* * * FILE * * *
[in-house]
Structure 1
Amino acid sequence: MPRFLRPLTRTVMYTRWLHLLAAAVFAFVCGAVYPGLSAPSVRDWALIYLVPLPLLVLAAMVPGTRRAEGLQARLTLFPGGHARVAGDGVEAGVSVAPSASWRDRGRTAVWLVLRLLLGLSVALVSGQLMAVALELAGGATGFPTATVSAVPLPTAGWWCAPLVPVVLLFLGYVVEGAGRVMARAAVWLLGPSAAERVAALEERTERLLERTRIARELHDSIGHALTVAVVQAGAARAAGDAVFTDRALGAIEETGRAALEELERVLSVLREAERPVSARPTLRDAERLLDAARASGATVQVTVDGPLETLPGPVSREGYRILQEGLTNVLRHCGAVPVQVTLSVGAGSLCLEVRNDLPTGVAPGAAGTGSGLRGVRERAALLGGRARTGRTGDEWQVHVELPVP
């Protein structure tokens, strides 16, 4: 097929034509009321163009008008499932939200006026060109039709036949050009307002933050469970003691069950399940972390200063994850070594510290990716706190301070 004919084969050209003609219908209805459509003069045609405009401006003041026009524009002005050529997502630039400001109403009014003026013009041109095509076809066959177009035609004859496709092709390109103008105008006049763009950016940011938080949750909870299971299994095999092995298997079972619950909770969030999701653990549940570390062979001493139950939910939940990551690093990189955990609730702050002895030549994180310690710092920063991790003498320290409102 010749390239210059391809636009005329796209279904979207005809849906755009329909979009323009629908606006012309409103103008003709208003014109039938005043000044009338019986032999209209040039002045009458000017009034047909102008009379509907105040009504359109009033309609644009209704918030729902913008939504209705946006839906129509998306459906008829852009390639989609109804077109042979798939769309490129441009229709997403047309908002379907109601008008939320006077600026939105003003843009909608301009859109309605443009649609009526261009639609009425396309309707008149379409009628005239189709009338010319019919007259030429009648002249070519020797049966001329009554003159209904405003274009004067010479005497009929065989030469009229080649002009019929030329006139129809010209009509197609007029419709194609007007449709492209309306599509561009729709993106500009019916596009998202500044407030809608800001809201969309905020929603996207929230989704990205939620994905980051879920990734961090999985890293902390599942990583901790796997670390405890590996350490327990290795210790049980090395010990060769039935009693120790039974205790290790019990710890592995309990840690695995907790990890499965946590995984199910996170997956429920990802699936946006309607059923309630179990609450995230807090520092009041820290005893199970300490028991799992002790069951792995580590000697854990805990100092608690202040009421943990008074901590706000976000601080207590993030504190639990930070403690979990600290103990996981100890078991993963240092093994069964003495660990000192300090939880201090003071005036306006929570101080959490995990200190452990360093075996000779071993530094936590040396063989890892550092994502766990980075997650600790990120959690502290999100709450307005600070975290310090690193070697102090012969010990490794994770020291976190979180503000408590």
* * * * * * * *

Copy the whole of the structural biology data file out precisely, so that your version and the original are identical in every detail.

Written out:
[in-house]
Structure 1
Amino acid sequence: MPRFLRPLTRTVMYTRWLHLLAAAVFAFVCGAVYPGLSAPSVRDWALIYLVPLPLLVLAAMVPGTRRAEGLQARLTLFPGGHARVAGDGVEAGVSVAPSASWRDRGRTAVWLVLRLLLGLSVALVSGQLMAVALELAGGATGFPTATVSAVPLPTAGWWCAPLVPVVLLFLGYVVEGAGRVMARAAVWLLGPSAAERVAALEERTERLLERTRIARELHDSIGHALTVAVVQAGAARAAGDAVFTDRALGAIEETGRAALEELERVLSVLREAERPVSARPTLRDAERLLDAARASGATVQVTVDGPLETLPGPVSREGYRILQEGLTNVLRHCGAVPVQVTLSVGAGSLCLEVRNDLPTGVAPGAAGTGSGLRGVRERAALLGGRARTGRTGDEWQVHVELPVP
């Protein structure tokens, strides 16, 4: 097929034509009321163009008008499932939200006026060109039709036949050009307002933050469970003691069950399940972390200063994850070594510290990716706190301070 004919084969050209003609219908209805459509003069045609405009401006003041026009524009002005050529997502630039400001109403009014003026013009041109095509076809066959177009035609004859496709092709390109103008105008006049763009950016940011938080949750909870299971299994095999092995298997079972619950909770969030999701653990549940570390062979001493139950939910939940990551690093990189955990609730702050002895030549994180310690710092920063991790003498320290409102 010749390239210059391809636009005329796209279904979207005809849906755009329909979009323009629908606006012309409103103008003709208003014109039938005043000044009338019986032999209209040039002045009458000017009034047909102008009379509907105040009504359109009033309609644009209704918030729902913008939504209705946006839906129509998306459906008829852009390639989609109804077109042979798939769309490129441009229709997403047309908002379907109601008008939320006077600026939105003003843009909608301009859109309605443009649609009526261009639609009425396309309707008149379409009628005239189709009338010319019919007259030429009648002249070519020797049966001329009554003159209904405003274009004067010479005497009929065989030469009229080649002009019929030329006139129809010209009509197609007029419709194609007007449709492209309306599509561009729709993106500009019916596009998202500044407030809608800001809201969309905020929603996207929230989704990205939620994905980051879920990734961090999985890293902390599942990583901790796997670390405890590996350490327990290795210790049980090395010990060769039935009693120790039974205790290790019990710890592995309990840690695995907790990890499965946590995984199910996170997956429920990802699936946006309607059923309630179990609450995230807090520092009041820290005893199970300490028991799992002790069951792995580590000697854990805990100092608690202040009421943990008074901590706000976000601080207590993030504190639990930070403690979990600290103990996981100890078991993963240092093994069964003495660990000192300090939880201090003071005036306006929570101080959490995990200190452990360093075996000779071993530094936590040396063989890892550092994502766990980075997650600790990120959690502290999100709450307005600070975290310090690193070697102090012969010990490794994770020291976190979180503000408590």